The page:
A major part of WCF-funded projects in West Africa are programs that are meant to teach farmers more sustainable farming techniques. The idea is that if cocoa farmers can increase their production yield by using different farming techniques, they will be able to sell more beans which will then improve their incomes -- and provide companies with more cheap beans. However, this concept flies in the face of supply and demand. If this trend were to continue for years, cocoa farmers would be producing more and more beans and if there isn't a significant increase in global demand, then cocoa farmers' incomes could be very negatively impacted. The WCF logic also flies in the face of recent events in the global cocoa market. Unlike most commodities, the global price for cocoa has actually been keeping steady or increasing recently. The rise in cocoa prices is linked to a recent decrease in exports of cocoa from Cote d'Ivoire (the world's largest cocoa producer). While some of the decrease in exports is due to crop pests another major reason is that early in the season, farmers were withholding their cocoa beans to protest the low pay they receive for their beans. If it turns out at the end of the year that farmers actually got higher prices and improved their overall incomes by withholding their cocoa beans, that would complete contradict the big chocolate companies' theory of how to increase farmer income. There have been many other proposals out there of other ways to improve farmers' income. First, you can look to Cote d'Ivoire's neighbor, Ghana, where the government sets a standard price for cocoa farmers which is often higher that Cote d'Ivoire and they also assist farmers with improving cocoa quality as well as helping farmers pruchase fertilizer. We have also been very interested in this paper by ROPPA which discusses how West African countries could use supply management to increase farmgate prices and asks if there should be an OPEC for cocoa. Additionally, why don't major chocolate companies just pay a fair price for their cocoa beans (or at the very least ensure that Ivorian cocoa farmers aren't getting paid below the world market price)? The big chocolate companies always seem to get squeamish when you suggest that they just offer higher prices for cocoa as a way to reduce farmer poverty and child labor, but this is a very consistent demand coming from cocoa farmers. There are also other factors like corruption in the government cocoa management in Cote d'Ivoire that have a major affect on farmer incomes.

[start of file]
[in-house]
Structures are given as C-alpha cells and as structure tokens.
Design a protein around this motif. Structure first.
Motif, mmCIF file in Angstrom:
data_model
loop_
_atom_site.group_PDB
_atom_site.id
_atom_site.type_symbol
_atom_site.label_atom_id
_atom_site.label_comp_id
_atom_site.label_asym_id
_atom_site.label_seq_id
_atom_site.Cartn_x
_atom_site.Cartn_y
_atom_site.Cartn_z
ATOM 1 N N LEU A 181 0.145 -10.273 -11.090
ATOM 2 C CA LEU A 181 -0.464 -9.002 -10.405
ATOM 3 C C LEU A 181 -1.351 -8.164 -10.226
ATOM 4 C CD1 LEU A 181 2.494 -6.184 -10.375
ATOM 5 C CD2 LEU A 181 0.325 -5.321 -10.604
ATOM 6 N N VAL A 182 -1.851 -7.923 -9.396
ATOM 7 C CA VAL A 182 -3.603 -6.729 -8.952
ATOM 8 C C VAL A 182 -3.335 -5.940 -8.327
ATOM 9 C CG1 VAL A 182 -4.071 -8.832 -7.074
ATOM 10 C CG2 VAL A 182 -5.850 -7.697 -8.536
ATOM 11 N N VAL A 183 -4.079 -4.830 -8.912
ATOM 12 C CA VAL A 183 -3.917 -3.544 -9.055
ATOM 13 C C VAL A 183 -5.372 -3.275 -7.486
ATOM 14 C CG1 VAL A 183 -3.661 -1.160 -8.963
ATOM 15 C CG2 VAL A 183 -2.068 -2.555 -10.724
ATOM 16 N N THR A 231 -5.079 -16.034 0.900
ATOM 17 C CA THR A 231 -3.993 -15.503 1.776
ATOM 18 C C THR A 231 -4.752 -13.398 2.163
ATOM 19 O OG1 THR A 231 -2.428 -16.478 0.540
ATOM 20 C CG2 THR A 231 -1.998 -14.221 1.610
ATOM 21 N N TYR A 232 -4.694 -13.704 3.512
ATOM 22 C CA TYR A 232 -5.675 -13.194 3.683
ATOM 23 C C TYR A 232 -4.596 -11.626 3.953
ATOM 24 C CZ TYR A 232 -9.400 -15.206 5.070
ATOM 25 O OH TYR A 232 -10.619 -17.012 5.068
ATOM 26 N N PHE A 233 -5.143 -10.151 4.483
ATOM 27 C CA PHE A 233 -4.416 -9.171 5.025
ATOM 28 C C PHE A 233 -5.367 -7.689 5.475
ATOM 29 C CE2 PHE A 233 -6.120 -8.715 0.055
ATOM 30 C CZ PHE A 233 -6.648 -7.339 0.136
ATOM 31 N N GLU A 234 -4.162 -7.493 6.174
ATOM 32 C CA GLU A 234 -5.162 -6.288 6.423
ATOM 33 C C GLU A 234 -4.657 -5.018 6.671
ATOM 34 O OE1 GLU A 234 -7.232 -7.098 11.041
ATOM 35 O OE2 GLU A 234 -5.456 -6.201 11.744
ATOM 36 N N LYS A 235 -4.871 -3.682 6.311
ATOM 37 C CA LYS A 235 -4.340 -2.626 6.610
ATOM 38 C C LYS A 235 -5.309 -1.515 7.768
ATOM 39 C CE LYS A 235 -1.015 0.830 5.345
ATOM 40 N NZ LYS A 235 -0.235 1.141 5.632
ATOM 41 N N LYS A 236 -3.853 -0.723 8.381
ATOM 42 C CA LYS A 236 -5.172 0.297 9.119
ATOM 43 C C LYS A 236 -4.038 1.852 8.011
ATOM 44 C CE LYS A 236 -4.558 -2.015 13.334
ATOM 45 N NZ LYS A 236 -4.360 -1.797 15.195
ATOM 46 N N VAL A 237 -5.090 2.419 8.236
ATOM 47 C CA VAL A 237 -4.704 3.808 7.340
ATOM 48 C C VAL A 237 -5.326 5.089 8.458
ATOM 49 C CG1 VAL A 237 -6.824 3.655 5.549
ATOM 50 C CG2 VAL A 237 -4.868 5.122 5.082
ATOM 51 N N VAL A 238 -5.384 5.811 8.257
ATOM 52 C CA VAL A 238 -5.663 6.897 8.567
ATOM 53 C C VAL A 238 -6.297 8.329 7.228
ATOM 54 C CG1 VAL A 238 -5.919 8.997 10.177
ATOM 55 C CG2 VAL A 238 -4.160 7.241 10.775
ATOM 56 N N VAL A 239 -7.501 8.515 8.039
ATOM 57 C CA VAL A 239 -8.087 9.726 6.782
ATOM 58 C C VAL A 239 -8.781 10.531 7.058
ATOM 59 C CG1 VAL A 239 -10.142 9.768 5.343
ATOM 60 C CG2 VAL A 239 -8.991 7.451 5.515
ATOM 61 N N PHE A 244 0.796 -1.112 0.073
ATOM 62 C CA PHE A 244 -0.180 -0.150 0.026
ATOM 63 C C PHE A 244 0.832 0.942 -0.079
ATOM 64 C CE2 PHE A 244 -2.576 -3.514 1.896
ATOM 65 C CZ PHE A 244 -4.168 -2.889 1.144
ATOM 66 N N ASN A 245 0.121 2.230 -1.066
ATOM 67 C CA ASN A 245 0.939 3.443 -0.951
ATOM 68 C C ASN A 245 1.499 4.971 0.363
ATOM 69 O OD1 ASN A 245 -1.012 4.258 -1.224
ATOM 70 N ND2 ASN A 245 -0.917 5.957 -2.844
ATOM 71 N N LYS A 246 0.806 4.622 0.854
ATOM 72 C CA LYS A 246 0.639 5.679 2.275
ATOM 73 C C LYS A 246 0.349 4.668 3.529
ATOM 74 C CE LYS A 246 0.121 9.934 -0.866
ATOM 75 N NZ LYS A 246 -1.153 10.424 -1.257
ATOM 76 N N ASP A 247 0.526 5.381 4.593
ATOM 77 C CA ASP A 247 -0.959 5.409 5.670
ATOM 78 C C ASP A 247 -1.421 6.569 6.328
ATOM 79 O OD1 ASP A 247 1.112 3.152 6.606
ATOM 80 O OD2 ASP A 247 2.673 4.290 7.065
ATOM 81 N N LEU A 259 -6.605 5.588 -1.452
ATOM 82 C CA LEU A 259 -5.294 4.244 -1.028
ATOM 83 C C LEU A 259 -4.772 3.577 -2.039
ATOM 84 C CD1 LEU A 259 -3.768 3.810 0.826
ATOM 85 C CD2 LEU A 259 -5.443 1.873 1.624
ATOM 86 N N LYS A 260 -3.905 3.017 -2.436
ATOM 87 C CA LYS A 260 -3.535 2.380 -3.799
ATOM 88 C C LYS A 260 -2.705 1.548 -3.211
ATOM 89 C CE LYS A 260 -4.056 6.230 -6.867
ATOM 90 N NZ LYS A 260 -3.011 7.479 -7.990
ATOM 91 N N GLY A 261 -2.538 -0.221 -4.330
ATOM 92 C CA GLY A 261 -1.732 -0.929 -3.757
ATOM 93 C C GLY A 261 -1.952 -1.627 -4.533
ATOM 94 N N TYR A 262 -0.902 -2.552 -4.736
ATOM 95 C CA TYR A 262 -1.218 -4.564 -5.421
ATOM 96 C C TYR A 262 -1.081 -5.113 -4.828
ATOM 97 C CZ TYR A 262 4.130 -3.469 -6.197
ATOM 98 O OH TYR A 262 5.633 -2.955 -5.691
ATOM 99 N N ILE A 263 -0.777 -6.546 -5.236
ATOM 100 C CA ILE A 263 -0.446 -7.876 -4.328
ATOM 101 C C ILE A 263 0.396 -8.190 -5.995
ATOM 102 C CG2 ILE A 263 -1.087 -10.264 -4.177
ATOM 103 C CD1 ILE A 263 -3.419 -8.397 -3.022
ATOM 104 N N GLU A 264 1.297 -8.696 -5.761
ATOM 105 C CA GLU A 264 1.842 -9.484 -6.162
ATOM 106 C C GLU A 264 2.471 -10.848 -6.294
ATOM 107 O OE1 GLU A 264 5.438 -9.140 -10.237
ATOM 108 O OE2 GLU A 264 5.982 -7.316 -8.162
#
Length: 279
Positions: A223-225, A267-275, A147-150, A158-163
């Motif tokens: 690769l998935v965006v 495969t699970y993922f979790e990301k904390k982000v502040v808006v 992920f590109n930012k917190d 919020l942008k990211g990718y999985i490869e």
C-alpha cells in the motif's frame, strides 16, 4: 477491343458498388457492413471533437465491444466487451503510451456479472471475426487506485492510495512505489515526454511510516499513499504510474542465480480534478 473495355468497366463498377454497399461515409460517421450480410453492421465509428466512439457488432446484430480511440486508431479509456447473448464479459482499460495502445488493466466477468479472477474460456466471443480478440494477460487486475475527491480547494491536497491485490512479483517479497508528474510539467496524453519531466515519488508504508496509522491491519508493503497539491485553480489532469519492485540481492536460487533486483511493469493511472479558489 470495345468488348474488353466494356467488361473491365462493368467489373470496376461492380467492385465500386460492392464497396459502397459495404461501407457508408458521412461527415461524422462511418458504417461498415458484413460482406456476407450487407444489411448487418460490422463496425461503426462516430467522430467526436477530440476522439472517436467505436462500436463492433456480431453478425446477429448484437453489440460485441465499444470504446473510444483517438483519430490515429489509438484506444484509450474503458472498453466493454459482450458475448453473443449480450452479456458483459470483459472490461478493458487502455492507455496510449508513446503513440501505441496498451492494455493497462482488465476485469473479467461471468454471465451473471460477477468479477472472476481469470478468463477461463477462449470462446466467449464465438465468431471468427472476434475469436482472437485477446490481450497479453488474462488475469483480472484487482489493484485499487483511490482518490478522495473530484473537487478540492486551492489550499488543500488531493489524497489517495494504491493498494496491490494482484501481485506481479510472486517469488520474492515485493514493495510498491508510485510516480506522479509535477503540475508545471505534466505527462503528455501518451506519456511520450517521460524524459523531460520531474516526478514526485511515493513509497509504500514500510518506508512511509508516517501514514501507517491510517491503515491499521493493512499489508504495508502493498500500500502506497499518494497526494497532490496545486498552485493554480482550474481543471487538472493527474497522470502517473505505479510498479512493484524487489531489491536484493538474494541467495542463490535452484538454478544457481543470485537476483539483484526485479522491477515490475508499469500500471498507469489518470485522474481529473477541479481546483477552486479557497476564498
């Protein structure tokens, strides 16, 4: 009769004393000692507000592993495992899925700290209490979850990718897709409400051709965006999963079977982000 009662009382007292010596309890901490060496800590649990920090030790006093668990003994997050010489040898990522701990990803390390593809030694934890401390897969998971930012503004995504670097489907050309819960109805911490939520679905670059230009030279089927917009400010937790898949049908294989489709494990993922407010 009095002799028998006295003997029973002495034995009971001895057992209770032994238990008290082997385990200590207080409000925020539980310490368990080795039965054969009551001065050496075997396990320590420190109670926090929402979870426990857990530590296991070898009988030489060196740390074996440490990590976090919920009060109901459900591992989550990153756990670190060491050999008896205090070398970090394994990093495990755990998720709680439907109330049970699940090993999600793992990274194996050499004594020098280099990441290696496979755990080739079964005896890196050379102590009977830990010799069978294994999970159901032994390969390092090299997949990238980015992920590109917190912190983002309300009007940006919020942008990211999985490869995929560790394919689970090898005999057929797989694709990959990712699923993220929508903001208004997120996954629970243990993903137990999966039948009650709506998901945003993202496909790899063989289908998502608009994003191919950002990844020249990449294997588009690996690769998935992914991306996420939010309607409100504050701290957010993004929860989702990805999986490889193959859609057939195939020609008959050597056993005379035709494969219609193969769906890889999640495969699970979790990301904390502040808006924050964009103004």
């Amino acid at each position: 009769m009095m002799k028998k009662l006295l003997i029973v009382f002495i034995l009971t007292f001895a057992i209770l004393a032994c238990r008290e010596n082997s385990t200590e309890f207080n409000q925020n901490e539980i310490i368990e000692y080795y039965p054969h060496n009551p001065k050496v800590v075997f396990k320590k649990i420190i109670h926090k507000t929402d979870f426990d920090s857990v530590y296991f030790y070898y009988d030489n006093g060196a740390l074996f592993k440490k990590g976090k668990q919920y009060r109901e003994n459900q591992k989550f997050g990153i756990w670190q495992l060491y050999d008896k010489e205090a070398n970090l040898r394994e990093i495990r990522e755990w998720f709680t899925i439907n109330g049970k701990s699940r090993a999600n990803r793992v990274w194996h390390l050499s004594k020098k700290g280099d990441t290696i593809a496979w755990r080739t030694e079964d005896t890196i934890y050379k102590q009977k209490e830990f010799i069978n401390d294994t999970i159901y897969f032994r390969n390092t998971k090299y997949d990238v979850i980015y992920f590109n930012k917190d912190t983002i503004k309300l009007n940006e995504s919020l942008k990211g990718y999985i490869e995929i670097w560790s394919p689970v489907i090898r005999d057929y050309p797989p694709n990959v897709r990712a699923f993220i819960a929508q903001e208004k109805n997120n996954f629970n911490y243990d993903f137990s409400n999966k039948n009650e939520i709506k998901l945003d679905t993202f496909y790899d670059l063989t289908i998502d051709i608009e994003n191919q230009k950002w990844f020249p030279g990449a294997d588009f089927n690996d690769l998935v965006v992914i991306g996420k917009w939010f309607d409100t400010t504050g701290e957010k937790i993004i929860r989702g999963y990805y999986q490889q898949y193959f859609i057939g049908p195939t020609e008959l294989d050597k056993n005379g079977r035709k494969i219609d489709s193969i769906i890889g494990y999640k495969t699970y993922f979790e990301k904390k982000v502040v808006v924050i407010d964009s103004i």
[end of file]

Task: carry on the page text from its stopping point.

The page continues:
So, while the Gates Foundation grant is supposed to help cocoa farmers "lift themselves out of hunger and poverty," if the Foundation continues to support the WCF's methods, they might not achieve their goal. Some of the press releases from the Gates Foundation and WCF correctly identify improving farmer access to market information and agricultural inputs as well as strengthening farmer organization as key areas to focus on, but we wonder if the WCF is best suited to achieve these goals. We encourage the Gates Foundation to engage directly with farmers, cooperatives and unions in West Africa to hear directly from them what they need to improve living and working conditions. Our suspicion is that they would get different answers than from the multinational chocolate companies.